So you’ve been teaching TEFL for a few years and you absolutely love it. You love the freedom to move to different countries and experience new cultures, the high of helping others to learn a new skill and, most of all, that much of your work day involves designing and playing games. Perhaps you’ve decided that instead of simply being a TEFL teacher for a few years, that you’d like to turn it into a career. But what are your options and what steps can you take to get those positions?
This post will take a look at ways to skill up, move into management or even become your own boss. Over the eleven years that I’ve been teaching/managing, I’ve had the chance to do all of the things I’ve listed, and I don’t regret any of those decisions.
If, however, you haven’t become a TEFL teacher yet, you can gain access to a free resource explaining how to become a TEFL teacher in ten easy steps, by clicking on the link below.
One way to progress with your TEFL teaching career is to learn new skills and get experience teaching different types of classes. When you are trying to get a more prestigious and/or better paying teaching job, the things that will stand out are the number of years of experience you have, your professional development and the specific types of classes that you’ve taught. For many of these TEFL opportunities, two years of teaching experience is posted as a minimum. Beyond that, skilling up is something you can take control of.
If you’d like to teach TEFL for the long term, it is definitely worth investing in a DELTA, Trinity Diploma or a Masters in TEFL. All of these are post TEFL certificate qualifications that take months to complete as well as an enormous amount of effort, time and money. These courses will go into more depth regarding different teaching methodologies, technical parts of language and involve a lot of observed class time. It will give you the skills to be a more confident and able teacher, as well as a qualification that will put you well above most other teachers.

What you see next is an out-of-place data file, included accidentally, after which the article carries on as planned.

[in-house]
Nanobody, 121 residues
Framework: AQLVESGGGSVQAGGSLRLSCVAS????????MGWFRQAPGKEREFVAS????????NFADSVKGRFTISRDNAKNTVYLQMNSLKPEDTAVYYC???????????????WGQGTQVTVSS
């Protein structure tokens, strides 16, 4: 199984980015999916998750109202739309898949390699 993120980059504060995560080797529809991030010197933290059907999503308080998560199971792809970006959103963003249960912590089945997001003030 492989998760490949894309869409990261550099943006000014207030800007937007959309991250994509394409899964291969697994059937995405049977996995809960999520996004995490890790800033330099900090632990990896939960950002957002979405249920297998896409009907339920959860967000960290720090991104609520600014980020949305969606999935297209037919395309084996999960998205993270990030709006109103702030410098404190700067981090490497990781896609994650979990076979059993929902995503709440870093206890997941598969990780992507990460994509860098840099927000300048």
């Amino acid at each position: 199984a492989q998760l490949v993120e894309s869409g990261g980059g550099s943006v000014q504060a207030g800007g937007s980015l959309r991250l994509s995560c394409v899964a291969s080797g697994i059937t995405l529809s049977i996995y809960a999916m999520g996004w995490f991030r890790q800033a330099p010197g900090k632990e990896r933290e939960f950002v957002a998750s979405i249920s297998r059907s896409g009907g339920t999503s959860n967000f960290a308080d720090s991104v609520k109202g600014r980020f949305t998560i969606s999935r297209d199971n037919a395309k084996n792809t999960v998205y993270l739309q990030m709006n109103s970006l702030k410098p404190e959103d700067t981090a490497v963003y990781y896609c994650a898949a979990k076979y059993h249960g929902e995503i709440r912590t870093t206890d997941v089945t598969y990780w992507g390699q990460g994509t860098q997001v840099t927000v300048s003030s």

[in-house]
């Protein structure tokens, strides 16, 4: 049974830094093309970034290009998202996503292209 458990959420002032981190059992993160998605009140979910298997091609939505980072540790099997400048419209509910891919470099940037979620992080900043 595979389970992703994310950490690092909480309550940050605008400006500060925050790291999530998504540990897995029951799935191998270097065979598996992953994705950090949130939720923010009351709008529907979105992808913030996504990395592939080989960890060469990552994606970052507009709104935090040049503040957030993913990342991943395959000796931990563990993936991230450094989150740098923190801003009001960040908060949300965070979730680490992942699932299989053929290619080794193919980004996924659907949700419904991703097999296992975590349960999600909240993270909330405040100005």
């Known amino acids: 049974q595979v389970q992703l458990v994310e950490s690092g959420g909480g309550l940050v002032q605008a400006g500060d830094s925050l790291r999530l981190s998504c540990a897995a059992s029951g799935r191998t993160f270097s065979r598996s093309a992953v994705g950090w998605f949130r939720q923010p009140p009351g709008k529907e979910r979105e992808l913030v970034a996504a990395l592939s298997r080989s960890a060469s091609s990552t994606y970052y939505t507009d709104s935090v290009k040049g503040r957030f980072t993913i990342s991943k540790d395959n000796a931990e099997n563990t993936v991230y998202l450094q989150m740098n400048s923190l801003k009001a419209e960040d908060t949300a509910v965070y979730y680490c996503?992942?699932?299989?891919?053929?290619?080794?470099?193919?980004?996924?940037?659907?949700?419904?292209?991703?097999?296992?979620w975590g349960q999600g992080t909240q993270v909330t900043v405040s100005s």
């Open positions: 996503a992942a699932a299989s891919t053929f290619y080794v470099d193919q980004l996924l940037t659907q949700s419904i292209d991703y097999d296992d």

Another way to gain teaching skills is simply through experience. I’d like to stress that the type of experience is very important, not just the amount of time that you’ve been teaching. If you teach the same age and level all day, every day, while you may be becoming an expert with that particular group, it won’t necessarily prepare you for a different type of class. Five years of teaching kindergarten children will not prepare me for the challenges of a business English course…and visa versa.
My advice is to try and take on as many new challenges as a teacher as you can. Then, not only can you put on your CV that you taught an IELTS course, for example, but during the interview, you’ll be able to easily answer questions and give examples of activities you used for these classes. Additionally, taking on different types of classes keeps things fresh and interesting.
Having said that, if you really enjoy a particular age group or type of class, becoming a specialist has its advantages. Many schools are looking for Business English professionals, Young Learner specialists or teachers who are experts in IELTS or other standardized international tests. Being a specialist will open doors towards becoming a senior teacher in different departments or get you involved with training. More on that ahead.
Move Up Into Management
Oh, I’m not a teacher. I’m a manager of teachers.-some pretentious guy in a bar in Tokyo.
The above quote has always bothered me. I remember the look on the guy’s face as he responded to my question of whether he was an English teacher. What I dislike the most about it now, having been a manager myself for over six years, is the indication that somehow a manager is above teaching, that they’ve now moved beyond it. The best TEFL managers that I’ve known over the years are the ones who were great teachers and extremely passionate about it.